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This article considers how the DABUS applications have impacted the debate on AI rights to inventorship and the implications of the decision in South Africa on the AI landscape across the globe.

Authored by Amy Ralston, Solicitor and Abigail Grace, Trainee Solicitor.

There are more and more inventions resulting from collaborations between humans and Artificial Intelligence (‘AI’), and in tandem with this increase, is the ongoing lively debate about what it means for inventorship and the rights in respect of the end results when the same is the result of such a partnership.

DABUS And The Status Quo

DABUS is an artificial intelligence system created by Stephen Thaler which is capable of independent and complex functioning and creation of its own products. The AI itself has created two inventions, for which Stephen Thaler has sought patents. But on the patents, Thaler and his team have named the DABUS AI as the sole inventor. The two patents concern a fractal beverage container and fractal light signals, respectively.

Currently, the use of AI systems that result in new inventions (such as computer-implemented inventions) can benefit from patent protection, subject to certain exclusions. The legal owner of the patent application or granted patent is the applicant (and this must be a legal or natural person such as an individual or a company). The inventor must also be listed on the application, but they have no legal rights to exploit or commercialise the invention covered by the patent. The inventor is a natural person whose contribution goes ‘to the heart of the invention’ (for example if they conceived the idea, were central to the research and development of the invention, conducted experiments which lead to the end result and so forth). As such, many AIs are fulfilling this role in the development of an invention. But until now, they have not been permitted to be classified as an “inventor”.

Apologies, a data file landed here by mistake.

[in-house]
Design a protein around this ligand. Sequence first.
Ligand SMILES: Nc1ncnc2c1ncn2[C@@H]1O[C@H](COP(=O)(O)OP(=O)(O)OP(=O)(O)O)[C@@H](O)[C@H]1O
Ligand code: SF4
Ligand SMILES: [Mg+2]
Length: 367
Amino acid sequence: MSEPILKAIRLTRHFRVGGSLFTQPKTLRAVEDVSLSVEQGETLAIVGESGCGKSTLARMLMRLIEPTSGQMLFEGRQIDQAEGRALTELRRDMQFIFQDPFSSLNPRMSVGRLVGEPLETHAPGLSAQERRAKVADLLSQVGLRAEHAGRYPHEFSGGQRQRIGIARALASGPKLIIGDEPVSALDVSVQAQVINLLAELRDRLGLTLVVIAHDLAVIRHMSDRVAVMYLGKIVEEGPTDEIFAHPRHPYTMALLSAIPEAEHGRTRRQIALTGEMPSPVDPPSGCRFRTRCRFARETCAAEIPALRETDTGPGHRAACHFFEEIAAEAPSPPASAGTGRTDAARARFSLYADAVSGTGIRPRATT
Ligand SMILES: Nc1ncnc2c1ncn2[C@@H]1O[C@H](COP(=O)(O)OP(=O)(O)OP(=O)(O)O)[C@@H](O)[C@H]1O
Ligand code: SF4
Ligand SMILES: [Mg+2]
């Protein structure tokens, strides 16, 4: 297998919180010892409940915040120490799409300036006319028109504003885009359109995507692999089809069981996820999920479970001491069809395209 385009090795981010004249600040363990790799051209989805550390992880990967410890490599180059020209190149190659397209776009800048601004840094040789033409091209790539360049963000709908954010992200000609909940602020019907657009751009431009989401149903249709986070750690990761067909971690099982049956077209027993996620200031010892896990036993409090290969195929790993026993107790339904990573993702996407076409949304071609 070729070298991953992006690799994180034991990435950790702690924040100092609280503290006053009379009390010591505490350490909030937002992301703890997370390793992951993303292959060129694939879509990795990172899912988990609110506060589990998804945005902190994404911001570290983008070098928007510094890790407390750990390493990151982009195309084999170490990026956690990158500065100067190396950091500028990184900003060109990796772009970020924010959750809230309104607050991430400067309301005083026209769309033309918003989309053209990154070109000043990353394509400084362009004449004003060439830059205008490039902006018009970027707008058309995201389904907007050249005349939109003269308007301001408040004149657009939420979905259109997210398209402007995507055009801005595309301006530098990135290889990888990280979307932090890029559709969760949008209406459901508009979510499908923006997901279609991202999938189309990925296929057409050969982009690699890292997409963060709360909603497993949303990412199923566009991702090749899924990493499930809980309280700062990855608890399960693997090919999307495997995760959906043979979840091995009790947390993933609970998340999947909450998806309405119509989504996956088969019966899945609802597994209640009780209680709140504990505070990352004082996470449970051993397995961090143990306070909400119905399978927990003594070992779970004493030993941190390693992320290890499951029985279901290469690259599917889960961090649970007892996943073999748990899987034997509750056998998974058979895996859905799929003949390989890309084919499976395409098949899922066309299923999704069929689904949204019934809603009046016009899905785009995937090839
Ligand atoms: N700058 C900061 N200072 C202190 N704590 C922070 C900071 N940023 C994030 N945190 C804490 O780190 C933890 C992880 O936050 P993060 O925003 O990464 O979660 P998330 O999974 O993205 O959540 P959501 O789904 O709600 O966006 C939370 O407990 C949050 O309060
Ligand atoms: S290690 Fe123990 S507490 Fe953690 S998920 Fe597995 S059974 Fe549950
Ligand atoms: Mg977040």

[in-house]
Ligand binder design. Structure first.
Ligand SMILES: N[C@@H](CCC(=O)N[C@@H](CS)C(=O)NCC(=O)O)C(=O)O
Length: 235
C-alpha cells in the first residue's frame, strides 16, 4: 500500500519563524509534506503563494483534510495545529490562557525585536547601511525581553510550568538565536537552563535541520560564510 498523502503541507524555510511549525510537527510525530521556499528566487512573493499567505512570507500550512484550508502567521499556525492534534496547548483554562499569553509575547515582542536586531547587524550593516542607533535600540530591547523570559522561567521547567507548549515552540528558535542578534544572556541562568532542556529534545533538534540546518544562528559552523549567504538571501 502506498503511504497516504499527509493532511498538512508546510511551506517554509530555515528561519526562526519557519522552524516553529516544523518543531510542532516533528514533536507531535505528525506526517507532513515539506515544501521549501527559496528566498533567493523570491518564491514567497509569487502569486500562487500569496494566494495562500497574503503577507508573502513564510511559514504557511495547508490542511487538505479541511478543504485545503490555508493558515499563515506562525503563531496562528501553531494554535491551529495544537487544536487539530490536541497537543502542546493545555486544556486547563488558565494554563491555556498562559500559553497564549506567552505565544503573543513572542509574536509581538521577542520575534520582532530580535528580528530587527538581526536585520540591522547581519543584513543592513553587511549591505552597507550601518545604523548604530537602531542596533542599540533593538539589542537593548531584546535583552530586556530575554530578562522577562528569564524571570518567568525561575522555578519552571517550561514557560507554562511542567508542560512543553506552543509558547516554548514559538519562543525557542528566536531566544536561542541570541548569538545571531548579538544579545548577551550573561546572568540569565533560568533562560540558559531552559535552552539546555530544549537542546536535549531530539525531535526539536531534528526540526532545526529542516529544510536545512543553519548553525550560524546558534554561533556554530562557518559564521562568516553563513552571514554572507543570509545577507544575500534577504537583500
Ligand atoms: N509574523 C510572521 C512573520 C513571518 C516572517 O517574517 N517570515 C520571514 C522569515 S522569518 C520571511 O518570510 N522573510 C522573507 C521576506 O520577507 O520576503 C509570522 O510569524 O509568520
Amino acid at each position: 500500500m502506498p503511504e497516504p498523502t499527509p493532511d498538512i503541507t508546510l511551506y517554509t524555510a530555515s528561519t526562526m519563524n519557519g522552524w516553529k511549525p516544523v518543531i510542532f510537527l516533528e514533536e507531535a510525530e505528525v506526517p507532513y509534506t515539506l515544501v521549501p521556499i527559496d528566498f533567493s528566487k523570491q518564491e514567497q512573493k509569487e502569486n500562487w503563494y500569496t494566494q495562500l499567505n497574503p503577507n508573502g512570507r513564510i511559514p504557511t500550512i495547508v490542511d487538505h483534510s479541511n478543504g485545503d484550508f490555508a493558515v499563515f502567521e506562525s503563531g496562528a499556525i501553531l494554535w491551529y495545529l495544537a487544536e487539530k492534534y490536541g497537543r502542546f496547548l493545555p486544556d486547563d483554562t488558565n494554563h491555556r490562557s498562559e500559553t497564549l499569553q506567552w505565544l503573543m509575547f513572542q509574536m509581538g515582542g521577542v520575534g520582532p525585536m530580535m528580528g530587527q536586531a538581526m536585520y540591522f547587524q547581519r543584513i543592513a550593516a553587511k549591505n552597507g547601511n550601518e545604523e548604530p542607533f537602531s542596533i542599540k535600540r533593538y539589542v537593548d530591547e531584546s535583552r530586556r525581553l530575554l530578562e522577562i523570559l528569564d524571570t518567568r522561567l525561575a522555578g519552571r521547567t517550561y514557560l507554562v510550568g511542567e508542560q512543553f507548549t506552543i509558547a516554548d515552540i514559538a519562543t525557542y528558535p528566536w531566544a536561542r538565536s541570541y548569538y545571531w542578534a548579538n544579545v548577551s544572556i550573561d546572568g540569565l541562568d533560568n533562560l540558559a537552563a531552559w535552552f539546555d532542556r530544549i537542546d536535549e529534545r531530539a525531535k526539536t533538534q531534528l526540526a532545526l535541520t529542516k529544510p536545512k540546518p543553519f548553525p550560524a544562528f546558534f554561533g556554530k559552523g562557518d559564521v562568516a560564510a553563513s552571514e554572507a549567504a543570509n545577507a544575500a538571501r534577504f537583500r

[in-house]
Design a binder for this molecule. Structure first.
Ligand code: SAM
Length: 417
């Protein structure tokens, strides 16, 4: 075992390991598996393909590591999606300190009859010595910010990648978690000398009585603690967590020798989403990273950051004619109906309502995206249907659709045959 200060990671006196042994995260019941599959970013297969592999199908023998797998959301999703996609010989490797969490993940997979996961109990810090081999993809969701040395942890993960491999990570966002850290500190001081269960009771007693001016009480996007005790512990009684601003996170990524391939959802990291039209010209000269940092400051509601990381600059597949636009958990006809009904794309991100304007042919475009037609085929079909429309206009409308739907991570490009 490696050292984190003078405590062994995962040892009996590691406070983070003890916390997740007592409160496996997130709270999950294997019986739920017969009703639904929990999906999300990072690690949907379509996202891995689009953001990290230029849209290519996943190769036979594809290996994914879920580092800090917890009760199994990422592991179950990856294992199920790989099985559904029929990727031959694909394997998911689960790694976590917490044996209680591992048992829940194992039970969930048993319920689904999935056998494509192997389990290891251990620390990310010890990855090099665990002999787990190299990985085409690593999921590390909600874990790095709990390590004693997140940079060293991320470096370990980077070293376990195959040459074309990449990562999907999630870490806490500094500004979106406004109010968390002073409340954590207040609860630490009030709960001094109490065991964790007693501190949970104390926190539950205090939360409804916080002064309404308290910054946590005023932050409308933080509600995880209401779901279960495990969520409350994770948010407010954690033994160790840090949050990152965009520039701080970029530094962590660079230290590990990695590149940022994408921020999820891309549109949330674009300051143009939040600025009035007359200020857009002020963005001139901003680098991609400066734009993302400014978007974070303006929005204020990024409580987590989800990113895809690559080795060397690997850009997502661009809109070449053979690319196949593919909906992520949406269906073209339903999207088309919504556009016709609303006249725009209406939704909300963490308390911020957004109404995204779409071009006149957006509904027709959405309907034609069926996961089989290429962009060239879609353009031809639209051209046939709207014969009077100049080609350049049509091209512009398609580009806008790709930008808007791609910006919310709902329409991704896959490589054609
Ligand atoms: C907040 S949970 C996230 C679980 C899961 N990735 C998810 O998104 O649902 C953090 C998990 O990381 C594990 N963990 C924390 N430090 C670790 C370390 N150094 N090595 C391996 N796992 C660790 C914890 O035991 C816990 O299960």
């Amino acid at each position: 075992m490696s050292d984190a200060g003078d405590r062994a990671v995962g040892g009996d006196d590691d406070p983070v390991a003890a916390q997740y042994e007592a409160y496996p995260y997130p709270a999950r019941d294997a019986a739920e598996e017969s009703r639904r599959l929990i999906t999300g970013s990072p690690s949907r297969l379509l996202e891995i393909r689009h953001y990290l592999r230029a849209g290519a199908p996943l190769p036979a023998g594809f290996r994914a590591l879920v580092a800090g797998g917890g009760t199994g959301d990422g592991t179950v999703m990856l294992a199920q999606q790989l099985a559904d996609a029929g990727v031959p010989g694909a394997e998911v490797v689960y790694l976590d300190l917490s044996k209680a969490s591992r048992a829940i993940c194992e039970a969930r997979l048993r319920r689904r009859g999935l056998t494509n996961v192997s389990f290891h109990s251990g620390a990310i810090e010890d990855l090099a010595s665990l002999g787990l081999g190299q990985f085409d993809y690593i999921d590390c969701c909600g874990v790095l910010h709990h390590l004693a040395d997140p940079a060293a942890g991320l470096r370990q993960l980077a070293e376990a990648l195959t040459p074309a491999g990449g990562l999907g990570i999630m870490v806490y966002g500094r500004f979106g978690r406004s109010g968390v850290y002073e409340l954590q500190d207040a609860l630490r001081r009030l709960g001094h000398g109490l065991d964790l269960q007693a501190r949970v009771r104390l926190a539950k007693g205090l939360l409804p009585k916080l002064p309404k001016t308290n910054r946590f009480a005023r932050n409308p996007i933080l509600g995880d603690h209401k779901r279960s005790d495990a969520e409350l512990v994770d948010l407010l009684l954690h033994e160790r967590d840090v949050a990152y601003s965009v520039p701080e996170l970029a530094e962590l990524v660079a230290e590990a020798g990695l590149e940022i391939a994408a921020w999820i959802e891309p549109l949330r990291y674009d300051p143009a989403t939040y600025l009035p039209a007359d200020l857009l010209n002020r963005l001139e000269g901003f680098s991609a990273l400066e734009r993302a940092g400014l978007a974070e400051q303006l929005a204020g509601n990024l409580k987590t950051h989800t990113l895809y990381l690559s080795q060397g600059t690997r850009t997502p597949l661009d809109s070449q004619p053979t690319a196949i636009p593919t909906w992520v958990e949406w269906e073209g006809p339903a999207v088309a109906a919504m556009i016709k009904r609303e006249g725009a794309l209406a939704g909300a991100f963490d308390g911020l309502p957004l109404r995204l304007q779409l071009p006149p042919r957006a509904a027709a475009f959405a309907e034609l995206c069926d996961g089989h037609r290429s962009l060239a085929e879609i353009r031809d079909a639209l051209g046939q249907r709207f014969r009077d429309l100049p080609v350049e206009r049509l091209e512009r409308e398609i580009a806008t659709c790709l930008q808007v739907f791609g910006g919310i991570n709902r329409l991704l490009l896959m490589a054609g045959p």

DABUS Around The World